Mr Lee, the council’s infrastructure chairman, has calculated that Auckland trains are costing ratepayers and the Government four times more to run than those in Wellington for each kilometre travelled by passengers.
He has worked out from figures published for each rail operation that the subsidy paid for every “passenger kilometre” travelled on Auckland trains last financial year was 65c, compared with just 16c in the capital.
Mr Lee, one of two council appointees to Auckland Transport’s board, says the proportion of rail operating costs covered by fares in Auckland declined to 22 per cent last year, compared with 24 per cent in 2012-13, and 50 per cent in Wellington.
“Government expectations are that farebox ratios should be 50 per cent, but Auckland has been moving in the opposite direction,” he said in a memo to Mayor Len Brown and fellow councillors as they debated a budget which includes a new targeted transport rate of $114 per household.
When is enough going to be enough?
Remember when Michael Cullen dropped $695 million dollars into the pockets of Toll Holdings in what he described as the deal of the century. It is rumoured that the anniversary of the deal is celebrated still by directors of Toll Holdings, such was the awesomeness of the deal for them.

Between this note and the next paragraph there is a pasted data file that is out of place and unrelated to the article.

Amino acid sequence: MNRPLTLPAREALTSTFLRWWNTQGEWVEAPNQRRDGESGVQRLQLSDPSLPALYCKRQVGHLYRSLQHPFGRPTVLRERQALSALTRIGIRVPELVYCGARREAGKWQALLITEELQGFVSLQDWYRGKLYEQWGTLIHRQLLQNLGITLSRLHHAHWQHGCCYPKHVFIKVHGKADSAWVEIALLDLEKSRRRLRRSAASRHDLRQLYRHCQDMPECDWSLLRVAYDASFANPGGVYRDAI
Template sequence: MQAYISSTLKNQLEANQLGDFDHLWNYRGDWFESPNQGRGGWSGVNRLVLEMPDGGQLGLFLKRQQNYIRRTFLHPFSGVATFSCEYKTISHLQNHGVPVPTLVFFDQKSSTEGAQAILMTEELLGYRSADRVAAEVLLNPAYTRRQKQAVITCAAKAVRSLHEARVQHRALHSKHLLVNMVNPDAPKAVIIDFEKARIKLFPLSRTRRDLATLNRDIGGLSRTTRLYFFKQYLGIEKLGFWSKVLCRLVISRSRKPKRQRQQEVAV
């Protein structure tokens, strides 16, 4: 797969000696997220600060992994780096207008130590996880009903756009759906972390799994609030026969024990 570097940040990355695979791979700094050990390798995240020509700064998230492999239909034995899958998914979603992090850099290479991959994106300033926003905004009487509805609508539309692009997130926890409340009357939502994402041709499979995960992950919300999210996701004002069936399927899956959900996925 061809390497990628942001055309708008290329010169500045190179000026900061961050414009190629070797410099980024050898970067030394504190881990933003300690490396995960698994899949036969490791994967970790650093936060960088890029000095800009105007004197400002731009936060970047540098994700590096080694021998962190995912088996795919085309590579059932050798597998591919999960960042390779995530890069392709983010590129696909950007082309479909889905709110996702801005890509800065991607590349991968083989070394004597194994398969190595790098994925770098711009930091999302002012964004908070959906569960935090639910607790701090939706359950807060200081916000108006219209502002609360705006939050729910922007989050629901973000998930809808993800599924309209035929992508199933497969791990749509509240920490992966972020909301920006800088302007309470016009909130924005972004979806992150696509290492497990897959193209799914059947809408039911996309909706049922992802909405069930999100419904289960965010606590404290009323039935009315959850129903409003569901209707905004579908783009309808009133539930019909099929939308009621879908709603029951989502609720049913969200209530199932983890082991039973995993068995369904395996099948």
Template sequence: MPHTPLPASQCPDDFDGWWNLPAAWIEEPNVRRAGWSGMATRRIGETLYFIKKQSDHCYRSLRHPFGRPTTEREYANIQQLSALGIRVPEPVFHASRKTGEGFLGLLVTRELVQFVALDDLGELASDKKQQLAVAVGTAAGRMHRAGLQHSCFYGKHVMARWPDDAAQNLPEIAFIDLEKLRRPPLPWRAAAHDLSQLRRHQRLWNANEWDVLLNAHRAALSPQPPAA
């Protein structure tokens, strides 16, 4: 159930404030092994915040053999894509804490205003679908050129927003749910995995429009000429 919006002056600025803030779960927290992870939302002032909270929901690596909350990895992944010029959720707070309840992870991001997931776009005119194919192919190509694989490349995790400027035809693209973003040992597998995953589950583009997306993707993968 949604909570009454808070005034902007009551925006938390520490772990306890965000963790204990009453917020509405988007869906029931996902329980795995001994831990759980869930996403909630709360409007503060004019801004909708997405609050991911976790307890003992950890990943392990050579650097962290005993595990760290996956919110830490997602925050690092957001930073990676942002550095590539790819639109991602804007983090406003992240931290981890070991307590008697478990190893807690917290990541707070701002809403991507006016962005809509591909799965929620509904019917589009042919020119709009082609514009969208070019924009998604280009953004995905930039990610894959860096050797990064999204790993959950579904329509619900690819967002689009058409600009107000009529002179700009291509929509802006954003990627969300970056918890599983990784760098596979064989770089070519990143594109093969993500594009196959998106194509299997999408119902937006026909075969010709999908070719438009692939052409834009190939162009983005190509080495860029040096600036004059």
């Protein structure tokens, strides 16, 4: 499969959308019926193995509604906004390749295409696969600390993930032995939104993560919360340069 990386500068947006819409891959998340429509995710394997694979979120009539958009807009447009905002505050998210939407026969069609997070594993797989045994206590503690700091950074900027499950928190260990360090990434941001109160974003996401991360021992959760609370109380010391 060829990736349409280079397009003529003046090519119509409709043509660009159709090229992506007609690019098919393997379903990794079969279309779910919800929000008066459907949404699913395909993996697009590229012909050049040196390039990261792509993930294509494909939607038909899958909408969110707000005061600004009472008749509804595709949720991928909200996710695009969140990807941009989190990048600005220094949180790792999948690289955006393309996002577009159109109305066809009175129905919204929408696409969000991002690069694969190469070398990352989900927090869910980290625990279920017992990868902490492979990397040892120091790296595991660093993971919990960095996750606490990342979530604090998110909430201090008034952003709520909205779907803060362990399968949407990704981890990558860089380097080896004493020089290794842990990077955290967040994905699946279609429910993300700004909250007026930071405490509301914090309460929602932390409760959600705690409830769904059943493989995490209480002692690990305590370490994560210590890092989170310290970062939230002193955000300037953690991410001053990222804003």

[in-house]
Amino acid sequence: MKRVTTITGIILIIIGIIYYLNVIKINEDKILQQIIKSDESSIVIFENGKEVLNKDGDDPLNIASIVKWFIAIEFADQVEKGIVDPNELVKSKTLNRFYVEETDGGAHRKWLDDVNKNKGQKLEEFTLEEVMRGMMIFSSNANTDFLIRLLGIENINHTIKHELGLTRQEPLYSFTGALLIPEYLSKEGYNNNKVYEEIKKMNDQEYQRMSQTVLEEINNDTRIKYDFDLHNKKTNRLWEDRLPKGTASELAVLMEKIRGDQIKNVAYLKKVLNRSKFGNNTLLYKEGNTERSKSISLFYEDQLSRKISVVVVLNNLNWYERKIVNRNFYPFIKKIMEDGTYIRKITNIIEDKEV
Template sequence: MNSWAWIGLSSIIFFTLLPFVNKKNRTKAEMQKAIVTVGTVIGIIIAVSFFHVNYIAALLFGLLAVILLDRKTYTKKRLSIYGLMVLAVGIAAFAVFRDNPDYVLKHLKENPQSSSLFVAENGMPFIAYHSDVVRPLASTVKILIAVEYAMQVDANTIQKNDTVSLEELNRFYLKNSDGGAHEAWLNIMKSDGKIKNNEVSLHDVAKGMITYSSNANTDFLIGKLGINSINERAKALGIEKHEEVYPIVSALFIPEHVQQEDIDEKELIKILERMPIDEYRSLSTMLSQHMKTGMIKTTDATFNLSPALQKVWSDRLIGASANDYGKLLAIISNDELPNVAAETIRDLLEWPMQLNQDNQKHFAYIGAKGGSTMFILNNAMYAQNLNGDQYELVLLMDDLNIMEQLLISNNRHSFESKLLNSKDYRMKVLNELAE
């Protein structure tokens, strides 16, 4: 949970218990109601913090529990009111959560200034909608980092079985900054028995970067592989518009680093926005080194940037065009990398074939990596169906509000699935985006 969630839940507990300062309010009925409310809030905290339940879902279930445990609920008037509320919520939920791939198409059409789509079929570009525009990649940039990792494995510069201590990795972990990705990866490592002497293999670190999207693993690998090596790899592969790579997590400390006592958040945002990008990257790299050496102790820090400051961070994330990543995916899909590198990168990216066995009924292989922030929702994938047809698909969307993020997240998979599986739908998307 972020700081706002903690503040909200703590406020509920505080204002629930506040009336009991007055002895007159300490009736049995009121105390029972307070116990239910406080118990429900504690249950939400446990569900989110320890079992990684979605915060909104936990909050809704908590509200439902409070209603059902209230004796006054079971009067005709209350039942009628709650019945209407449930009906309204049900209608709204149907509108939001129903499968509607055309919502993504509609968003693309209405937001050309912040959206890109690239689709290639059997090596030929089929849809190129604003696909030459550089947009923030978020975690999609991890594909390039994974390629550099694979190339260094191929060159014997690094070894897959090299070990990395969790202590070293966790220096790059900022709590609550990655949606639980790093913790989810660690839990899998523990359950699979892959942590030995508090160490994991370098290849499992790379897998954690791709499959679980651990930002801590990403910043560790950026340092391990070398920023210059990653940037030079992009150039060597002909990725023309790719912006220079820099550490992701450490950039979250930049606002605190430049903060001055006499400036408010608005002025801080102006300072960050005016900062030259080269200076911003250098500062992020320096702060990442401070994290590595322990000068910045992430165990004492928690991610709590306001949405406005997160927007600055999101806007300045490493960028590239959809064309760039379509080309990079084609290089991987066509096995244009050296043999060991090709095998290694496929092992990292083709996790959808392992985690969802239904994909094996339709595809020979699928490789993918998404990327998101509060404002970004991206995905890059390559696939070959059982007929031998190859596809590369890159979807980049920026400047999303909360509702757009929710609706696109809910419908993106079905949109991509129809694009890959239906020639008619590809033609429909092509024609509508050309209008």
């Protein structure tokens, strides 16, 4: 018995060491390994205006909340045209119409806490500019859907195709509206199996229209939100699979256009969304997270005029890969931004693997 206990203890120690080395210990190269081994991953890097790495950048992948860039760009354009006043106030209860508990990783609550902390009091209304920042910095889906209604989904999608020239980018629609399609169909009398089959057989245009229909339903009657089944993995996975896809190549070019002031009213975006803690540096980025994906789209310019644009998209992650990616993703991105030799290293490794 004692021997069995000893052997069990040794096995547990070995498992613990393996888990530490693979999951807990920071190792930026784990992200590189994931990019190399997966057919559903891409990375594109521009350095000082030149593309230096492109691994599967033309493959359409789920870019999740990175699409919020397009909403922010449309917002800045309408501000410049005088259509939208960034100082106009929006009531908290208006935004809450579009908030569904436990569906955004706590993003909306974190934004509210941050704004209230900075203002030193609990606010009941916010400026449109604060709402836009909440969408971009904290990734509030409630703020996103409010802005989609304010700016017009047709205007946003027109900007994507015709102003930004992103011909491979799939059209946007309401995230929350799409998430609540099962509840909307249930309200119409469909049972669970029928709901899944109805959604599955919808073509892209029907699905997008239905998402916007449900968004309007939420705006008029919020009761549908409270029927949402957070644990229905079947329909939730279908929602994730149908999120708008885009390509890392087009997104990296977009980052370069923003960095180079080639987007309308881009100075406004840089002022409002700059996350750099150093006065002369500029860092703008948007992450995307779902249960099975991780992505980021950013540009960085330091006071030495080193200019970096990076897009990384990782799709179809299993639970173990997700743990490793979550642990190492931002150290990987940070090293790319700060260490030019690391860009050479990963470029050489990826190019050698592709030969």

It hasn’t proved to be the deal of the century for the government though, with National having to bail out Kiwirail twice already and now set to pump another billion dollars into what surely must actually be a failed business.
The government is looking at having to pump another billion dollars into KiwiRail over the next four years, Finance Minister Bill English says.
This is on top of the $1 billion the government has already invested in keeping the business going over the last five years, Mr English told a business audience in Wellington this week.
He referred to the long standing difficulties of operating a railway business in New Zealand of a long narrow country, difficult terrain and thin freight and passenger volumes compared with other countries.
“You have to ask which parts of the business make sense,” he said Read more »